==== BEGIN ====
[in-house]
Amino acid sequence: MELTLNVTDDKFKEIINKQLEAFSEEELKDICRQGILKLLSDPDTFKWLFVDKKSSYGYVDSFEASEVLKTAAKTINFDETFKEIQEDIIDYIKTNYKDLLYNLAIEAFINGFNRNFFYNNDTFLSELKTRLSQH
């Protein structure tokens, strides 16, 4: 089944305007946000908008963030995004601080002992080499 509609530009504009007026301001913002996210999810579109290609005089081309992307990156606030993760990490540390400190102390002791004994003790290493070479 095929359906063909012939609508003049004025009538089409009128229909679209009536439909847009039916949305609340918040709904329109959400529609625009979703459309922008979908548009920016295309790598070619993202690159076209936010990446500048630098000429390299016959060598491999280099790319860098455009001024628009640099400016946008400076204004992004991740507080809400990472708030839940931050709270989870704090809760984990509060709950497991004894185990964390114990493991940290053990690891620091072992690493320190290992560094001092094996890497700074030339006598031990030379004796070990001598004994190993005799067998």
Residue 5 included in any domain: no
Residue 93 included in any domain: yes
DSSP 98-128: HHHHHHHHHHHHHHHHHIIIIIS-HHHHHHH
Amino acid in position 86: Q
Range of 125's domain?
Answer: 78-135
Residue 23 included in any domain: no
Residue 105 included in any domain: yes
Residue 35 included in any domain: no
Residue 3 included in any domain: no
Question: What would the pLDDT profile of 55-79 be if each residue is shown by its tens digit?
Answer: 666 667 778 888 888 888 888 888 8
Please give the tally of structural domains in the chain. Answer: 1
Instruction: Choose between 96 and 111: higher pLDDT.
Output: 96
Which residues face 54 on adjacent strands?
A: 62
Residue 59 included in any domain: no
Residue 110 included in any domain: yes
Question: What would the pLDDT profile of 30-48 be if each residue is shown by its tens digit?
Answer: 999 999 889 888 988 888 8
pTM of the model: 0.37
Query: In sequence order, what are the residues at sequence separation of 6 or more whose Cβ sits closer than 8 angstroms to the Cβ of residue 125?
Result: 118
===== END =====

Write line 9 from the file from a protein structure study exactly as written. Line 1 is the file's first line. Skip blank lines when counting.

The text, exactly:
Answer: 78-135